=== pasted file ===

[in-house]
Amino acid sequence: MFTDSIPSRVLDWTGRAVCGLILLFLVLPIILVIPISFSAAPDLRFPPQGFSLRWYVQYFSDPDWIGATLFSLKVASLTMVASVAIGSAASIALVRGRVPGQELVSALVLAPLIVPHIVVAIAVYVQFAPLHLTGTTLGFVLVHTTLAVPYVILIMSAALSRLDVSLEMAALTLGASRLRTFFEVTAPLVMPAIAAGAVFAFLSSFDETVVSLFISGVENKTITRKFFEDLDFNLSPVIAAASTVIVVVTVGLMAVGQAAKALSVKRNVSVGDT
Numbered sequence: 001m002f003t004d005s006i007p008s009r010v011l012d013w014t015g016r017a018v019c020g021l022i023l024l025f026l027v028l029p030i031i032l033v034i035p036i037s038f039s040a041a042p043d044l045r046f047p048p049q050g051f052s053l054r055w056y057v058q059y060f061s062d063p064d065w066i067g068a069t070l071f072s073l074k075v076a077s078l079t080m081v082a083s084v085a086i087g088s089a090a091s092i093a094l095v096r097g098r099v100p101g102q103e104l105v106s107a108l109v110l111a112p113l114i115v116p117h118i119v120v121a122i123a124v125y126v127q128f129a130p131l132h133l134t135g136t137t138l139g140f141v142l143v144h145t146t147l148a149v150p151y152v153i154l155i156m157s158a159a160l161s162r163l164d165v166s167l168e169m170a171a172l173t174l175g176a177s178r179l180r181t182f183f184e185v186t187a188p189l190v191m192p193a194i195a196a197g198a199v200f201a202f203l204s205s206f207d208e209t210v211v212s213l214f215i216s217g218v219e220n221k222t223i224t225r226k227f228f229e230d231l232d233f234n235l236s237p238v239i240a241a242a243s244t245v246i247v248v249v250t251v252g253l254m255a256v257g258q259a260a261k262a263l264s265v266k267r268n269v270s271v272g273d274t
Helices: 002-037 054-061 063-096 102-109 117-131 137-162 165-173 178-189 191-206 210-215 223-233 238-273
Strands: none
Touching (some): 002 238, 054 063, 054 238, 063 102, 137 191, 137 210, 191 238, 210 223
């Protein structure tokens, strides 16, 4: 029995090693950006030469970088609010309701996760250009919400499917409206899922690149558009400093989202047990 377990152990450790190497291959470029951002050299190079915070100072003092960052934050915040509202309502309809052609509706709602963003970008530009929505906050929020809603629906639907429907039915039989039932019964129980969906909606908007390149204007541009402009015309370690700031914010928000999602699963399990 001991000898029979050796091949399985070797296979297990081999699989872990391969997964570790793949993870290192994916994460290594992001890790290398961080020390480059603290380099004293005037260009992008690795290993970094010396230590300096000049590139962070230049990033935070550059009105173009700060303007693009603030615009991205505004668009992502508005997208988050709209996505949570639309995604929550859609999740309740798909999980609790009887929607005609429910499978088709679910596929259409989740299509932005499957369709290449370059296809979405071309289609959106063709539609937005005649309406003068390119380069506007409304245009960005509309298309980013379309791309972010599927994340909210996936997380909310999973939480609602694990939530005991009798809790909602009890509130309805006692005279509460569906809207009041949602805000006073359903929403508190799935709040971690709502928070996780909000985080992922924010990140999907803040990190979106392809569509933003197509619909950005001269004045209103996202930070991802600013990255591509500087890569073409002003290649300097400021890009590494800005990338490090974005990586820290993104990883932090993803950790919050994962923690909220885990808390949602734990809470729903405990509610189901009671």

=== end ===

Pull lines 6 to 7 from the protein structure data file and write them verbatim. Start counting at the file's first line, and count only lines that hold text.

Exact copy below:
Touching (some): 002 238, 054 063, 054 238, 063 102, 137 191, 137 210, 191 238, 210 223
């Protein structure tokens, strides 16, 4: 029995090693950006030469970088609010309701996760250009919400499917409206899922690149558009400093989202047990 377990152990450790190497291959470029951002050299190079915070100072003092960052934050915040509202309502309809052609509706709602963003970008530009929505906050929020809603629906639907429907039915039989039932019964129980969906909606908007390149204007541009402009015309370690700031914010928000999602699963399990 001991000898029979050796091949399985070797296979297990081999699989872990391969997964570790793949993870290192994916994460290594992001890790290398961080020390480059603290380099004293005037260009992008690795290993970094010396230590300096000049590139962070230049990033935070550059009105173009700060303007693009603030615009991205505004668009992502508005997208988050709209996505949570639309995604929550859609999740309740798909999980609790009887929607005609429910499978088709679910596929259409989740299509932005499957369709290449370059296809979405071309289609959106063709539609937005005649309406003068390119380069506007409304245009960005509309298309980013379309791309972010599927994340909210996936997380909310999973939480609602694990939530005991009798809790909602009890509130309805006692005279509460569906809207009041949602805000006073359903929403508190799935709040971690709502928070996780909000985080992922924010990140999907803040990190979106392809569509933003197509619909950005001269004045209103996202930070991802600013990255591509500087890569073409002003290649300097400021890009590494800005990338490090974005990586820290993104990883932090993803950790919050994962923690909220885990808390949602734990809470729903405990509610189901009671």